SEATTLE -- Blake Beavan has broken into the big leagues, found some success, had his share of failures and is now ready to take the next step in his professional career. For Beavan, that means being better at making adjustments.

"It's just a matter of making little adjustments and still remembering what's gotten you here to this point and what's worked for you," Beavan said. "For me, that's being able to use my fastball and locate and use both sides of the plate. Sometimes I get in the habit of mixing stuff up too much when I don't need to.

"Usually it's the one-inning thing, one inning just kills your outing or just changes the whole situation of the game. That's something I'm trying to get better at and realize before it kind of snowballs or turns into a big inning."

Beavan has had a good run since being recalled from Triple-A Tacoma -- where he spent about a month during parts of June and July -- posting a 4-1 record with 4.02 record in six starts. He faced just one above the minimum in five of his six innings in taking the loss on Monday, but was done in by a four-run third.

Still, being able to work around that inning and, except for that hiccup, continue his stretch of good pitching, gives Beavan greater confidence. And when the big right-hander believes in himself, it's easier to go out and get the job done.

"As a young guy, a young inexperienced player, you always want people breathing confidence in you and yourself believing you can do it up here, and for me it's just a matter of making small adjustments," Beavan said. "Whether it's getting my breaking ball over for strikes early or late in the count -- whichever it might be -- or maybe it's attacking guys, more aggressive. I think I've done a better job since I've been back, but I still feel like I need to do a better job of that."

Smoak rejoins Mariners as Carp heads to DL

SEATTLE -- Justin Smoak was optioned to Triple-A Tacoma to figure out his swing. Twenty games later, the Mariners will find out if the first baseman has found his stroke.

Smoak was recalled prior to Tuesday's game against the Rays to take the roster spot of Mike Carp, who has landed on the 15-day disabled list with a strained left groin muscle.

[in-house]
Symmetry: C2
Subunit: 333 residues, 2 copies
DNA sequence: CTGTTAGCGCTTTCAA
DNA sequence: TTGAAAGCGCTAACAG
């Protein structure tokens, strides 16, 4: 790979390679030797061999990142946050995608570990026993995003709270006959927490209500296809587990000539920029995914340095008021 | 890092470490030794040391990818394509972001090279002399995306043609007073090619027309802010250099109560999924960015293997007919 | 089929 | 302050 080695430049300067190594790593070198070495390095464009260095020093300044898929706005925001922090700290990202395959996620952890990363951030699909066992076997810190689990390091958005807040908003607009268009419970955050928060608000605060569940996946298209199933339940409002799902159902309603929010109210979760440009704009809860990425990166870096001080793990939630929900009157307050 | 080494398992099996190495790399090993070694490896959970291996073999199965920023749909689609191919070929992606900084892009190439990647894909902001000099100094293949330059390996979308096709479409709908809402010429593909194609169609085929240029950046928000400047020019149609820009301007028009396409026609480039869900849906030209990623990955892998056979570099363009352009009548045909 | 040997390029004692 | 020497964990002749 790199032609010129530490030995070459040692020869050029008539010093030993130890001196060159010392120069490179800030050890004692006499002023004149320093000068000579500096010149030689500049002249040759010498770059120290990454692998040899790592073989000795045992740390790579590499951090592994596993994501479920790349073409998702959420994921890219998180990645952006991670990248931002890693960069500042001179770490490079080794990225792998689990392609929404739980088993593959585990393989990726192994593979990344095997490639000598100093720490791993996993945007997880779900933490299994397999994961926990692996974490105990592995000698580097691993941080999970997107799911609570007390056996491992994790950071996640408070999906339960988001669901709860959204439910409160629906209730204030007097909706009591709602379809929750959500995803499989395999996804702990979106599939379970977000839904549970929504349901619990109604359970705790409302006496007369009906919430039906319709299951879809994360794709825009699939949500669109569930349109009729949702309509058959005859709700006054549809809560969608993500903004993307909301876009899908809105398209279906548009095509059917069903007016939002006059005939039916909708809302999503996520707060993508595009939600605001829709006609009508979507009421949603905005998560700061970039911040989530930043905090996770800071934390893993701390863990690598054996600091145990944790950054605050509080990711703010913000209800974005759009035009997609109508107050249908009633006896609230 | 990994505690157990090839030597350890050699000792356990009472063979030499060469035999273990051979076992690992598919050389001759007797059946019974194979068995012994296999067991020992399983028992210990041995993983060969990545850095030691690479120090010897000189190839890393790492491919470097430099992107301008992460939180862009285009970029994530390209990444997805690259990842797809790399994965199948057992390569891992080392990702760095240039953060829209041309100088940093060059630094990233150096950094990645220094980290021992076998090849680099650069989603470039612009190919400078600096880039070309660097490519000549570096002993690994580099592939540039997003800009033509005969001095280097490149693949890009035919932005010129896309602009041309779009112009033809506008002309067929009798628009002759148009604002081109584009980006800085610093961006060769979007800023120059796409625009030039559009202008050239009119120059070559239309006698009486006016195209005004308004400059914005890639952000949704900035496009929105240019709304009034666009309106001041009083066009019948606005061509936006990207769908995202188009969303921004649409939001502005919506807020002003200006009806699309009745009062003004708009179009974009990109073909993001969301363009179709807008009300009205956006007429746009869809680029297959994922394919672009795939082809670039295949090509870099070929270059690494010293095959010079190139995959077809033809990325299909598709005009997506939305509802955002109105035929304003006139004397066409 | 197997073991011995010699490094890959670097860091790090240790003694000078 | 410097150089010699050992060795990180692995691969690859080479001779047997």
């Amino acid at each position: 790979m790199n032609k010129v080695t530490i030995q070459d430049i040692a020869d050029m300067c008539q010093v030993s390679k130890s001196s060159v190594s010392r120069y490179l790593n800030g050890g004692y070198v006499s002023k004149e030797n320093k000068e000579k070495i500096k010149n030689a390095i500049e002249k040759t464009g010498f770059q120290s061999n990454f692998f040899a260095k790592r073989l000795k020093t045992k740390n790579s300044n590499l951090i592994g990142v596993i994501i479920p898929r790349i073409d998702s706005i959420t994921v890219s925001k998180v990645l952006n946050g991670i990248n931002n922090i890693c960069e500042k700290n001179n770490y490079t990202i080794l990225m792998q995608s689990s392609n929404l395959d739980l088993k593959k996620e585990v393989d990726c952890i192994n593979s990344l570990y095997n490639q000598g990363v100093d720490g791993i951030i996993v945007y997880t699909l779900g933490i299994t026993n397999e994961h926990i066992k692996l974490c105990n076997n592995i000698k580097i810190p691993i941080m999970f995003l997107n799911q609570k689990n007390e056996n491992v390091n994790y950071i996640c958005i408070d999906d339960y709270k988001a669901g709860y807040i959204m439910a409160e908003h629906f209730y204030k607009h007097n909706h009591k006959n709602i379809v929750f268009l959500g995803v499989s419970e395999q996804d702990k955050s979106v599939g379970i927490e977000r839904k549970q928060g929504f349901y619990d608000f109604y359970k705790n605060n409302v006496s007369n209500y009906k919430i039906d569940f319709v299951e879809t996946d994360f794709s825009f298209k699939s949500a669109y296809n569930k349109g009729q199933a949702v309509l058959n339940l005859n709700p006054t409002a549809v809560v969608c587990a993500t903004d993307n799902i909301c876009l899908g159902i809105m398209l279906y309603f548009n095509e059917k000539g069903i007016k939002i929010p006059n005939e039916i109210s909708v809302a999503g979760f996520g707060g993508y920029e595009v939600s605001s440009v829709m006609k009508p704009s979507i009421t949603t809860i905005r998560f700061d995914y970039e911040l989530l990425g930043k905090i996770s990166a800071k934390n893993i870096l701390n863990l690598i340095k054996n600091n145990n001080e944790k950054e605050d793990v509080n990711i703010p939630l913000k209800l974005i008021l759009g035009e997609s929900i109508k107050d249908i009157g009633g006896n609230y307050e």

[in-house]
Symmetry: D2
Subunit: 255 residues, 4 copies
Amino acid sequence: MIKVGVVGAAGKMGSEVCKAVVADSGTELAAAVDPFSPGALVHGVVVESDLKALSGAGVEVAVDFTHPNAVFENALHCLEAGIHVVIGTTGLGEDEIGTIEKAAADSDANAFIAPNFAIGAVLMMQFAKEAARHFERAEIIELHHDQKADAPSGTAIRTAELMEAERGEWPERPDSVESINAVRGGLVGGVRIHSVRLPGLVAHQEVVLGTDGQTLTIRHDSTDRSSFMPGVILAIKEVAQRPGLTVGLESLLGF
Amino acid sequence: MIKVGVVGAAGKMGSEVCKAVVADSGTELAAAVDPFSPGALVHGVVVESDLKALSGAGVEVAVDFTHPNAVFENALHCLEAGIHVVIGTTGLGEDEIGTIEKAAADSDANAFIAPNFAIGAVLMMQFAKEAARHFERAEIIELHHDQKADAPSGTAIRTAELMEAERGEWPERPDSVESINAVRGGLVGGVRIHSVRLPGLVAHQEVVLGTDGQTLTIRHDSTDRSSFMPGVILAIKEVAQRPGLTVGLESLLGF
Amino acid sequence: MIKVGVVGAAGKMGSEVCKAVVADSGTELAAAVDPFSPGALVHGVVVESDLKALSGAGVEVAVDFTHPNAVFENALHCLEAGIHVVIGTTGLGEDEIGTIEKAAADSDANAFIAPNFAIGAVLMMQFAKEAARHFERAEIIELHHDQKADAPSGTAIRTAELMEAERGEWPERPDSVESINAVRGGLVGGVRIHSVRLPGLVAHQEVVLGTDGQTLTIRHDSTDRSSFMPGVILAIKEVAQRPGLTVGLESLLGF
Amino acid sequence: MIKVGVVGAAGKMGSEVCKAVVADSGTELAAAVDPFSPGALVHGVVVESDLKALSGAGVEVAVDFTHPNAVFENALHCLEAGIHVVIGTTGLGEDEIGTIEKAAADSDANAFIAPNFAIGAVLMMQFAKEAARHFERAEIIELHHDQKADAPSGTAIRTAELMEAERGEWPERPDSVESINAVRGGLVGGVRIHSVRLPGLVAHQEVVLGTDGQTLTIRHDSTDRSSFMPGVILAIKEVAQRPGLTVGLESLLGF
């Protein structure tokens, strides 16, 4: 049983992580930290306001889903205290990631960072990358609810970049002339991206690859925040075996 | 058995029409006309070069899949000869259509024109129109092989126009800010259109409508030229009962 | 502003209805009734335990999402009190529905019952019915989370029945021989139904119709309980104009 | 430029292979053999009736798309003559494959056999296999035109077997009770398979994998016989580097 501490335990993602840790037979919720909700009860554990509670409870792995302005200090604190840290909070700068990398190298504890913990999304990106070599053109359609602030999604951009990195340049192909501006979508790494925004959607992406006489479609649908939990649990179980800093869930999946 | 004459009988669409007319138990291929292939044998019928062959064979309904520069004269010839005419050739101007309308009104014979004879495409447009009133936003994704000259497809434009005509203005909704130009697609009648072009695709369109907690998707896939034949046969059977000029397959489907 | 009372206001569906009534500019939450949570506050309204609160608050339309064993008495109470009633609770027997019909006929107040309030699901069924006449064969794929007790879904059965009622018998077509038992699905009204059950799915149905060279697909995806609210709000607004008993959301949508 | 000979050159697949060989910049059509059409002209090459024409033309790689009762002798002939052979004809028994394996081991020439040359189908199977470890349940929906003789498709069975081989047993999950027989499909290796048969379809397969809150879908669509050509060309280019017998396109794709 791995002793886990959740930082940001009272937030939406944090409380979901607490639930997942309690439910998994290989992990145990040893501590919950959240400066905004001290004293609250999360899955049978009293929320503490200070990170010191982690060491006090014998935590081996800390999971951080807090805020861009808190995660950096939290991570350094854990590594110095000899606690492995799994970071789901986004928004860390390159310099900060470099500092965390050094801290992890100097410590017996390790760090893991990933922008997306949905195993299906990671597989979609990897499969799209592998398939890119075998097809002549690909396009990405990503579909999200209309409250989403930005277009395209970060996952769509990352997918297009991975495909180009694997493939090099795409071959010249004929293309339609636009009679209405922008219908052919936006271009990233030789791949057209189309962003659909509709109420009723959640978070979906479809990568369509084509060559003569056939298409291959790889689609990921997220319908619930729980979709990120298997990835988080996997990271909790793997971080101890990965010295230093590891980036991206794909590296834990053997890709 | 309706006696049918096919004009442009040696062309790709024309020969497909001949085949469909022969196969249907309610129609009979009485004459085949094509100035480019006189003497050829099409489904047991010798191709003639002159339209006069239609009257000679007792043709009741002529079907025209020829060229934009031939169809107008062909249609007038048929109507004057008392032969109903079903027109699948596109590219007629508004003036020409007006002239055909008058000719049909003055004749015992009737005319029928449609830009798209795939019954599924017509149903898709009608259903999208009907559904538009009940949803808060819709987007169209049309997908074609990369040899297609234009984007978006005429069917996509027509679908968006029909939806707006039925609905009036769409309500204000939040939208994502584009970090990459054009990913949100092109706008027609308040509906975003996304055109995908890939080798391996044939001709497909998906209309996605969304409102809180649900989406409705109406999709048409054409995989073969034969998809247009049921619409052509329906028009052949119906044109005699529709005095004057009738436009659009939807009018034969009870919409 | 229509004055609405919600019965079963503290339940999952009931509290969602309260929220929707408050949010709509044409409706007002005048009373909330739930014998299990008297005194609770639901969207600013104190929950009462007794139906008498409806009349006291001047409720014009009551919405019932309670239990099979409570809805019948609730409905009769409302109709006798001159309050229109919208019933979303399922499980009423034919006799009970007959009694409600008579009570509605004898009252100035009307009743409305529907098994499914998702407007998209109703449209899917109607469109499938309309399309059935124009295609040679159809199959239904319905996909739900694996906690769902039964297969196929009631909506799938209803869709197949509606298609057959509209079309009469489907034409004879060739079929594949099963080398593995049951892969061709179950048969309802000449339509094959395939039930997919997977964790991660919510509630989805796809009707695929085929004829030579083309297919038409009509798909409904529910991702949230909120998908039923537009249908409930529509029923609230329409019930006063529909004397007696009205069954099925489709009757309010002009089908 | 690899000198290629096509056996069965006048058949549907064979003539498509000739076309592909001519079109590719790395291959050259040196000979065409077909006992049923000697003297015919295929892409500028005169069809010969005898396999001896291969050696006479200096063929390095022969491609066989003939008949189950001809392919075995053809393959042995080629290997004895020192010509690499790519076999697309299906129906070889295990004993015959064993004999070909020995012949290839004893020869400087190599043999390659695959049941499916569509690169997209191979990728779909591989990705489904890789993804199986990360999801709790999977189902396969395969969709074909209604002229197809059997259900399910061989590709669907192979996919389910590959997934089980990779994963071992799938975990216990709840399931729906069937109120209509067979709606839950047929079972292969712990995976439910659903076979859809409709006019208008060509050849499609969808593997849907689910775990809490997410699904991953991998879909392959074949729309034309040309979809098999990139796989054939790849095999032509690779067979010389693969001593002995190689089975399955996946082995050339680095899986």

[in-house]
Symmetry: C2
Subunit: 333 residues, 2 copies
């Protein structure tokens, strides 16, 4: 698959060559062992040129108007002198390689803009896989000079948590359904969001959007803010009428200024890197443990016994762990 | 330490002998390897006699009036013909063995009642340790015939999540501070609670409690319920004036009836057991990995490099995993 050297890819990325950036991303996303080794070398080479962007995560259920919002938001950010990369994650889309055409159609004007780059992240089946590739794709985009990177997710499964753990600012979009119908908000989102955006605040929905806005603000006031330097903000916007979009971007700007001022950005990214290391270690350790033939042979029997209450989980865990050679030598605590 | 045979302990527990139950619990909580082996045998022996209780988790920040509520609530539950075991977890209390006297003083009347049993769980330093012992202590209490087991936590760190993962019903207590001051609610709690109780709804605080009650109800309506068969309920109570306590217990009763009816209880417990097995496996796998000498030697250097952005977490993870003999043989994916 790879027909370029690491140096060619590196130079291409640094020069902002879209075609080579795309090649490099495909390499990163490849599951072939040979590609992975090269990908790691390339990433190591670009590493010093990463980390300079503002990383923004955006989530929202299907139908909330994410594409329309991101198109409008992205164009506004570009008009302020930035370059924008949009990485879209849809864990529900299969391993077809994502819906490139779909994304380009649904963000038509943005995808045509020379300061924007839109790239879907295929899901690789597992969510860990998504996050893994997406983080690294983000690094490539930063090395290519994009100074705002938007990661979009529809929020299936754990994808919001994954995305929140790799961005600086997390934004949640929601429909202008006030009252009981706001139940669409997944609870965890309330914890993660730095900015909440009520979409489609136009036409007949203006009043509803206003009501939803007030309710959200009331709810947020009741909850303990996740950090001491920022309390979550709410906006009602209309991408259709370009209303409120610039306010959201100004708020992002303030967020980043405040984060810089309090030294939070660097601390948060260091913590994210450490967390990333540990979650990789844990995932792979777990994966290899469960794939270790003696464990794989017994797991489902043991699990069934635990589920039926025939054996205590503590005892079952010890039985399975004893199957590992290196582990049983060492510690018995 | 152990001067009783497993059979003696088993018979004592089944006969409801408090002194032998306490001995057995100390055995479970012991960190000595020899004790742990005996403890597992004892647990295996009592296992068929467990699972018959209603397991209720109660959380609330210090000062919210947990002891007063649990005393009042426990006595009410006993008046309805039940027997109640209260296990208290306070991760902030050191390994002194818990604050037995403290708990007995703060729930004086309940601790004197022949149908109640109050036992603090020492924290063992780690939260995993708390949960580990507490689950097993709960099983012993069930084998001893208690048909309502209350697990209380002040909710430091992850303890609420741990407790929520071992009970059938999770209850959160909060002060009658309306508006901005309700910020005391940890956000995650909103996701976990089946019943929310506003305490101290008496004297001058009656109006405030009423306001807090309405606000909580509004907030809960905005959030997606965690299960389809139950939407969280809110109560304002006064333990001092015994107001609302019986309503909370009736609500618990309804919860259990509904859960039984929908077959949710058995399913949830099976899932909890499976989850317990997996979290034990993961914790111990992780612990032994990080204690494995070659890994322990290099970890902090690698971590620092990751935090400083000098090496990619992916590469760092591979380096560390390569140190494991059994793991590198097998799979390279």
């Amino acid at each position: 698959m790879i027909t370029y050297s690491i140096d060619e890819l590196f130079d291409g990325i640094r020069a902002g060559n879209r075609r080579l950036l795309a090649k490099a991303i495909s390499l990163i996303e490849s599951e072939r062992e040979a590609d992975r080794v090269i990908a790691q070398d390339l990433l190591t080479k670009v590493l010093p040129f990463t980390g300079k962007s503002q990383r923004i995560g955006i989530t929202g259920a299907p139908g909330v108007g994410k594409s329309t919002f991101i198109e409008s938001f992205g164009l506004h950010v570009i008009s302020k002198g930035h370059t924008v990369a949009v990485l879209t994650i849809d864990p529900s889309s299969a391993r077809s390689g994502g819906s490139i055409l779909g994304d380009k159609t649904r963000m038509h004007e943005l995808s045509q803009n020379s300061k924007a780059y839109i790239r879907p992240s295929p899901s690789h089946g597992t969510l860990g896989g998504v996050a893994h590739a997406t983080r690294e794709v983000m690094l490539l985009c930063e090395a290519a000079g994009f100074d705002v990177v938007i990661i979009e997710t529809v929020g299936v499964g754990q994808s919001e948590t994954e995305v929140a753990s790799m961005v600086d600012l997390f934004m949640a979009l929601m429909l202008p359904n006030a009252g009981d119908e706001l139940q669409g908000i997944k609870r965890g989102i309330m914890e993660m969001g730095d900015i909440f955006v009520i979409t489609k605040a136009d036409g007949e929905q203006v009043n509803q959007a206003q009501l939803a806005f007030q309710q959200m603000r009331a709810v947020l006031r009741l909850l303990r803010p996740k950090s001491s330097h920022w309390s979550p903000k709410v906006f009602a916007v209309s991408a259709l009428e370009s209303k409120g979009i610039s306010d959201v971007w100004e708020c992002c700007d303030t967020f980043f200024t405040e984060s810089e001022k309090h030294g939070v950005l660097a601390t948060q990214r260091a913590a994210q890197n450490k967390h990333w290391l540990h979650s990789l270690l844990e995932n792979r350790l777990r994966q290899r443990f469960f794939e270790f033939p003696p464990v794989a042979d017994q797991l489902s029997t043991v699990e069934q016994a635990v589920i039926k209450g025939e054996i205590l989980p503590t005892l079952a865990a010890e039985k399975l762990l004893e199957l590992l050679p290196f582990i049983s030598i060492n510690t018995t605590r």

Smoak started the season with the Mariners as the primary first baseman, but was optioned to Tacoma on July 23 after struggling at the plate. In 90 games with the Mariners, Smoak is hitting .189 with 13 home runs and 38 RBIs. He said he worked on shortening his swing while with Tacoma, especially from the left side of the plate, the less-natural side for the switch-hitter.

"Everybody is trying to get everything right, day in and day out, but I had some time down there, wasn't really looking at stats, it's was more of just trying to get it to where I feel comfortable," said Smoak, who hit .242 in Tacoma. "Still a work in progress, but this past couple weeks is probably the best I've felt in a long time."

Said Mariners manager Eric Wedge: "High character guy, good teammate, does all the things you like to see a championship player do, but it was about being more consistent with his swing, being a little bit shorter to the baseball, being able to repeat that swing more.

"You saw it fairly consistently in BP, you didn't see very consistently in games, so hopefully we'll see a little bit more of that in game."

Smoak said his time away from the big league level was good, because it gave him a chance to figure out a daily routine, something he hasn't been able to do during his professional career. A regular routine will help contribute to a steady mindset for each at-bat, which Wedge believes is important.

"I feel like he's done a better job with that, but hey, when you put it together, a consistent approach in regard to your mindset, as you're standing up there doing some things fundamentally more consistently, then you've got something," Wedge said.

Smoak becomes the only first baseman on the Mariners roster with Carp on the DL. This is Carp's third stint on the DL this season after two previous trips due to a right shoulder injury. Carp injured his groin while stretching to receive a throw in the fifth inning of Sunday's game in Anaheim.

Carp is hitting .206 with five home runs and 20 RBIs in 49 games with the Mariners this season, but had heated up as of late. In his last 15 games, Carp was hitting .308 with three doubles and a home run.

Robinson showing off his speed

SEATTLE -- Trayvon Robinson had played in 10 Major League games this season entering Tuesday's game against the Rays, but he hadn't showcased his true speed until recently.

In his past three games, Robinson has two steals and his first career triple. Mariners manager Eric Wedge said he's seen improvement from the young outfielder on the basepaths.

"I think he trusts himself a little bit more, I think he's out there with a little bit more confidence," Wedge said. "His athleticism has showed up. A couple of the stolen bases have been impressive.

"It's a combination of both. I think the technique kind of fell into place once he started to trust himself a little bit more, and [he's] a little bit more confident out there. That's when your true athleticism comes into place, again going back to being tension-free and being able to settle in out there."

Robinson is hitting .243 with two doubles, a triple, three stolen bases and six runs in 37 at-bats. The 24-year-old made his Major League debut last season and hit .210 with 12 doubles, two home runs and one stolen base in 44 games.

Worth noting

• Prior to Tuesday, Kyle Seager has recorded a hit in seven consecutive games at home, hitting .462 (12-for-26) during that span. He has raised his home average from .167 to .209 during that time.

• The Mariners entered Tuesday's contest having played a Major League-leading 80 games against teams with a winning record. The Rockies (75) have played the second most.